How the economic landscape is tilted against black Canadians

Deeper look at racialized census data on income and wealth exposes sobering snapshot of reality

How the economic landscape is tilted against black Canadians

In December last year, the Canadian Centre for Policy Alternatives (CCPA) released a report revealing racial rifts in Canada’s economic terrain. Today, as the Black Lives Matter movement reaches fever pitch, it’s worth revisiting the analysis as it relates to black Canadians – and the figures are damning.

Hustling harder, but earning less
Drawing from 2016 census data from Statistics Canada, CCPA analysts behind the report titled Canada’s Colour Coded Income Inequality showed that in 2016, the unemployment rate among black Canadians stood at 12.5%, compared to just 7.3% among non-racialized Canadians.

Looking through a gender-focused lens reveals broadly the same trend: black Canadian men faced a higher unemployment rate (12.8%) than non-racialized Canadian men (7.3%), as did black Canadian women (12.2%) compared to non-racialized Canadian women (6.4%).

Black Canadians appeared to be proportionally more active in the labour force. The 2016 data showed their participation rate for men and women within that cohort stood at 72.2% and 66.1%, respectively, in contrast to 69.1% and 60.8% for the non-racialized male and female populations.

However, reported employment income figures showed black Canadian men earned just $37,817 on average in 2015, compared to $56,920 for the average Canadian man who’s not a visible minority. And though not as gaping, the income difference between black Canadian women ($31,900) and their non-racialized counterparts ($38,247) was also evident.

Disparities across generations
One angle the report explored relates to the immigrant experience. According to one widely held narrative, all new immigrants will naturally encounter challenges participating in the labour market when they first arrive, and those difficulties will subside as time passes.

But a look at the numbers torpedoes that theory. When determining the gap in black Canadians’ earnings compared to non-racialized Canadians, the researchers found a wide variation in average employment income ratios among those belonging to racialized groups.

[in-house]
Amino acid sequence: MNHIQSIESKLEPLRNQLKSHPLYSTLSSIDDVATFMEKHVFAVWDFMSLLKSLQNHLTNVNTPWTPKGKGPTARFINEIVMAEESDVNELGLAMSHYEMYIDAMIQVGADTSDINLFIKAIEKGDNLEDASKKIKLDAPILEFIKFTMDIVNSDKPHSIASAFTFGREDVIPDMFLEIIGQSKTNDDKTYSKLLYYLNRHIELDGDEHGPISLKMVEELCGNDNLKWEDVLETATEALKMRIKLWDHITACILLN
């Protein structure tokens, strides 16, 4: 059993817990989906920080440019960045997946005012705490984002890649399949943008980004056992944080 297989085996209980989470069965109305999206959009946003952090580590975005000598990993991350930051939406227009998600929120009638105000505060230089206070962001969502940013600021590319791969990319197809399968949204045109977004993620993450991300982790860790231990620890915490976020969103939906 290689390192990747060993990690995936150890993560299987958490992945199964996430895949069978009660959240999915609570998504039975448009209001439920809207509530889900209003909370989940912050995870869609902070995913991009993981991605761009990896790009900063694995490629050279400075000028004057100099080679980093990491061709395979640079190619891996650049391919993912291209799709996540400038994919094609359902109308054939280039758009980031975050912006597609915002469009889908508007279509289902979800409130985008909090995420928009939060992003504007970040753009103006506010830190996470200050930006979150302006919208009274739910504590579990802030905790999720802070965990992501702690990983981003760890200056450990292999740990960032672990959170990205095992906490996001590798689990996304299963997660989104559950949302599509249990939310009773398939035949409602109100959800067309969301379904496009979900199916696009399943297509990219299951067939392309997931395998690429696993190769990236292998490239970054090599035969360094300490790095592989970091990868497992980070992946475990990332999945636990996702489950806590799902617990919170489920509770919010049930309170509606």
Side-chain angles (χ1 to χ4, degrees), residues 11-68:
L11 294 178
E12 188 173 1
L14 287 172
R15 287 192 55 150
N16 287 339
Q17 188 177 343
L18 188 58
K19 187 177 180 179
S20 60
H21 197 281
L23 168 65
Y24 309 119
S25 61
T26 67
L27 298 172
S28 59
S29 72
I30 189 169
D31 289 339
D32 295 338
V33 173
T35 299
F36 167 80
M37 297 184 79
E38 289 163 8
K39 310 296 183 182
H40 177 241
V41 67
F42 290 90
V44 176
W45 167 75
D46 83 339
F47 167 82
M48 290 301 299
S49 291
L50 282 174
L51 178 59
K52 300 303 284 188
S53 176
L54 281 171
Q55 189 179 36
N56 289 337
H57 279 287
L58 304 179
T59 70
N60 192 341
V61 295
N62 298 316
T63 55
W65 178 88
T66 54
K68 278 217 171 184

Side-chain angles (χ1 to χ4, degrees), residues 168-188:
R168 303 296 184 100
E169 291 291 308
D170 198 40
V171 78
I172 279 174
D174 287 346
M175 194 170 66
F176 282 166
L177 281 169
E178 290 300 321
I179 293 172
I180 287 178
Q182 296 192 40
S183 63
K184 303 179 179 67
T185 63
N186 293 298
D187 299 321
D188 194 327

In 2015, the average employment income ratio for first-generation black Canadians stood at 0.68 – that is, they earned an average of 68 cents for every dollar earned by their non-racialized immigrant counterparts. That was below the average employment income ratio for most other first-generation racial minority groups, including Filipino (0.70), South Asian (0.76), and Chinese (0.81).

The disparity seemed to grow worse with time. The employment income ratio for second-generation black Canadians was 0.69, in contrast to 0.81 for Filipino, 0.94 for South Asian, and 1.03 for Chinese. Third-generation black Canadians were better off than their predecessors with an average employment income ratio of 0.74, but they still lagged their Filipino (0.77), South Asian (0.96), and Chinese (1.03) contemporaries.

A racist investing market?
The researchers also found an apparent racialized gap in terms of participation in investment markets. While it showed no data focused on Canada’s black sub-population, the report revealed that in 2015, 11.9% of non-racialized Canadians reported capital gains, compared to just 8.3% of those in racialized groups.

In a similar vein, 30.8% of non-racialized Canadians reported getting investment income that year, compared to 25.1% of racialized Canadians. Furthermore, the survey found racialized Canadian investors earned an average of $10,828 in investment income, compared to $11,428 for non-racialized Canadian investors.

The upshot of all this is that as of 2015, 67% of black people in Canada fell into the bottom half of the national distribution of economic family incomes, compared to just 47% of non-racialized Canadians.

Of course, that’s according to the most recent economic snapshot of Canada taken in 2016. Whether things can improve by the time Statistics Canada conducts its next census of the population – it’s scheduled in 2021, but that was set before the COVID-19 pandemic hit – is a question and a challenge that must be answered.


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